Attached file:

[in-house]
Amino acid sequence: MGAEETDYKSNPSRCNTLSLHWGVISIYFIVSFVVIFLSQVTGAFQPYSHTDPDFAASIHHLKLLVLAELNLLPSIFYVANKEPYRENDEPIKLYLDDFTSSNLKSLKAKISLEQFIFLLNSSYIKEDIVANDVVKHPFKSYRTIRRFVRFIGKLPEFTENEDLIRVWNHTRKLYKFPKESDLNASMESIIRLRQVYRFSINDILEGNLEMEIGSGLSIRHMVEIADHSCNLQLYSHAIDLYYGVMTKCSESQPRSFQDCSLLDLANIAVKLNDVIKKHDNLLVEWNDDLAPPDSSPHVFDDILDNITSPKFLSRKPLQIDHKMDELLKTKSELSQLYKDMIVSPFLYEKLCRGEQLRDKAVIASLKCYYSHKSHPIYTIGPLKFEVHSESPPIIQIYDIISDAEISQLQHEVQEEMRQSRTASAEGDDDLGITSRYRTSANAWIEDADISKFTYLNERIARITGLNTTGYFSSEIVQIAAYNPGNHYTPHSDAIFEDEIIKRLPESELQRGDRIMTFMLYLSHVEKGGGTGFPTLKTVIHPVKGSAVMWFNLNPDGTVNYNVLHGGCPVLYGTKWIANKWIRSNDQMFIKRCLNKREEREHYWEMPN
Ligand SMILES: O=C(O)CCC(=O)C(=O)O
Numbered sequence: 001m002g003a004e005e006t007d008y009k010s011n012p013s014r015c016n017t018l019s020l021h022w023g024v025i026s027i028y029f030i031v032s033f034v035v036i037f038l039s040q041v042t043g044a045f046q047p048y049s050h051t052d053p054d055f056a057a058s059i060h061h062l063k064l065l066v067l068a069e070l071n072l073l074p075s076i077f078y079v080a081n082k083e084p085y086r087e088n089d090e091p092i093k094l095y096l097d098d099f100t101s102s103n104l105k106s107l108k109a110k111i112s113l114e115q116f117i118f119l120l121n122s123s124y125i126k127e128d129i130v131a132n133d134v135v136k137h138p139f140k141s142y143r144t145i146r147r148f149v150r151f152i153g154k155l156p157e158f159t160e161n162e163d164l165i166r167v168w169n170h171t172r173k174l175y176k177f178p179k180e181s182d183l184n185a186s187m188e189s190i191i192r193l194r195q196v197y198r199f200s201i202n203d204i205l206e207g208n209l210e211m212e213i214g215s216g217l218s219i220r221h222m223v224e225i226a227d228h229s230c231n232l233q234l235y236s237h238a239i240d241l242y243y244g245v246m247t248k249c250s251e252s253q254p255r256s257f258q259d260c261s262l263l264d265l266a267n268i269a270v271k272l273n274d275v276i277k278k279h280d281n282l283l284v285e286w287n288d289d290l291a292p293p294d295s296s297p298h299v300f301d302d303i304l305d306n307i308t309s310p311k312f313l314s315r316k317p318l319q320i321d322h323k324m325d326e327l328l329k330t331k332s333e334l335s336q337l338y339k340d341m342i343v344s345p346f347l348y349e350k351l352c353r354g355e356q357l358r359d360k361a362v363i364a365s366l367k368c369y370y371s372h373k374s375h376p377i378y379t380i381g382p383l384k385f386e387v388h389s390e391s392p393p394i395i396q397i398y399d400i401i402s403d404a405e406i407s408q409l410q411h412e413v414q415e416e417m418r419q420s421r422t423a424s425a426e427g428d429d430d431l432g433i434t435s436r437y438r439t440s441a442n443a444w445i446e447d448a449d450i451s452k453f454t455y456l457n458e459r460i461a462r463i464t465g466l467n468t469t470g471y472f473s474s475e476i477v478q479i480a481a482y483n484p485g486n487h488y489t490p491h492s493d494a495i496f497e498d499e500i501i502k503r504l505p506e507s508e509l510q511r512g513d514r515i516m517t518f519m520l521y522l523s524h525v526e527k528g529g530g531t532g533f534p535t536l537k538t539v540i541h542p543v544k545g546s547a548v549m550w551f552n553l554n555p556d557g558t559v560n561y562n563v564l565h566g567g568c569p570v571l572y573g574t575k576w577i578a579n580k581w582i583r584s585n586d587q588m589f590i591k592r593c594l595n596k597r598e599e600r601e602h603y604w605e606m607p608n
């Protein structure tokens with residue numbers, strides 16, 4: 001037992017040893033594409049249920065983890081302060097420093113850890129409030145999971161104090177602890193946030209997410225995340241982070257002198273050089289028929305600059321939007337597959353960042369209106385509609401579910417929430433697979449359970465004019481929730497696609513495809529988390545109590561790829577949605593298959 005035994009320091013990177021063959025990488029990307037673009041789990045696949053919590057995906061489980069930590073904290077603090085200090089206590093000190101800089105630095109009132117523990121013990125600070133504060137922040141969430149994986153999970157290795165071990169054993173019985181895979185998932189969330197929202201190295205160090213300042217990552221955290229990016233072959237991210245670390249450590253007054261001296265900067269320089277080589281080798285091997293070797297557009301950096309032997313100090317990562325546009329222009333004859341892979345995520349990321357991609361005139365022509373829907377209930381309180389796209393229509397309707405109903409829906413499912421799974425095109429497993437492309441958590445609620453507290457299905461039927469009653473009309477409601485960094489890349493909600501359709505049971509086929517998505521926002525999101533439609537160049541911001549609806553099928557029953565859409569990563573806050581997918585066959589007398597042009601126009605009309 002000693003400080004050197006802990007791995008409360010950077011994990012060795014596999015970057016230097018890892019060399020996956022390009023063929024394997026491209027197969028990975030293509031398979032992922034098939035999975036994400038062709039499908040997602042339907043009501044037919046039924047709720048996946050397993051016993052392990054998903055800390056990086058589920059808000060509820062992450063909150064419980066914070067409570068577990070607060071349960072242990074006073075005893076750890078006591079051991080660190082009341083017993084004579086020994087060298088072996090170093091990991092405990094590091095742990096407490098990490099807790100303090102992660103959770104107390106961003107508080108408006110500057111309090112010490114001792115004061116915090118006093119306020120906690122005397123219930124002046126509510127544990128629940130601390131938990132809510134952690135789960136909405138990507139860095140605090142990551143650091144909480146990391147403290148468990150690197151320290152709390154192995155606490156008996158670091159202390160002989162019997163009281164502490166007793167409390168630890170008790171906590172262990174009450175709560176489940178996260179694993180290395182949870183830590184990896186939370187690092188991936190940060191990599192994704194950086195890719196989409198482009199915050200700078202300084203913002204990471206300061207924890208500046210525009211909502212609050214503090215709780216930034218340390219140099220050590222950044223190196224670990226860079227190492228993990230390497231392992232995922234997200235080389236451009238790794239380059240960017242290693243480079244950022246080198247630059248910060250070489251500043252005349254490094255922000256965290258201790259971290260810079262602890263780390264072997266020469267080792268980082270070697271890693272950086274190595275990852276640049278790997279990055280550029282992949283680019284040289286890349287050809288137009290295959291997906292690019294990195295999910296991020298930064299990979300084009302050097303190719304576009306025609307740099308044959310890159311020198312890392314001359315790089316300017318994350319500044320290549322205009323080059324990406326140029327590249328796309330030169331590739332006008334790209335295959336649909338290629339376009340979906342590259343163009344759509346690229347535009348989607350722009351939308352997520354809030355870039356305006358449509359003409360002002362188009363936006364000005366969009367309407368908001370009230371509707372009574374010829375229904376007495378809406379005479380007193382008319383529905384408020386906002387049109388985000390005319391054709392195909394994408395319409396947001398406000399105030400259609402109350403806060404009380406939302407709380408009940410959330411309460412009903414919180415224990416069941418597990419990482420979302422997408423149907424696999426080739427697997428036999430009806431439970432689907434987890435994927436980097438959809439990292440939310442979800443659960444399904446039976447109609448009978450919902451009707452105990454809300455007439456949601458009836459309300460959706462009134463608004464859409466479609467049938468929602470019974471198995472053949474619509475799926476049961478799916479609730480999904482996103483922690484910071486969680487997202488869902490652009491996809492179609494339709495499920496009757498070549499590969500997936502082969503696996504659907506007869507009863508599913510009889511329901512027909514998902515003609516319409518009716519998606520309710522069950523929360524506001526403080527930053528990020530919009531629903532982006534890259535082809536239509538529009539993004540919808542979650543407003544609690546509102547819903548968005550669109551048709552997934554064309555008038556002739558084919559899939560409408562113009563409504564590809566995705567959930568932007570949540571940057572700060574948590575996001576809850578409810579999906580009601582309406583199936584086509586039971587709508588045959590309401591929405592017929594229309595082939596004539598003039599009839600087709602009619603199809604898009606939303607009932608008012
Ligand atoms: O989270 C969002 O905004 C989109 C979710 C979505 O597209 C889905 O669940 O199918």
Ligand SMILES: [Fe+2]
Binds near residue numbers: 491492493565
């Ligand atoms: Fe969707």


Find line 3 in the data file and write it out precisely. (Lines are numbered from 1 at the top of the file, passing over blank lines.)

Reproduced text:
Ligand SMILES: O=C(O)CCC(=O)C(=O)O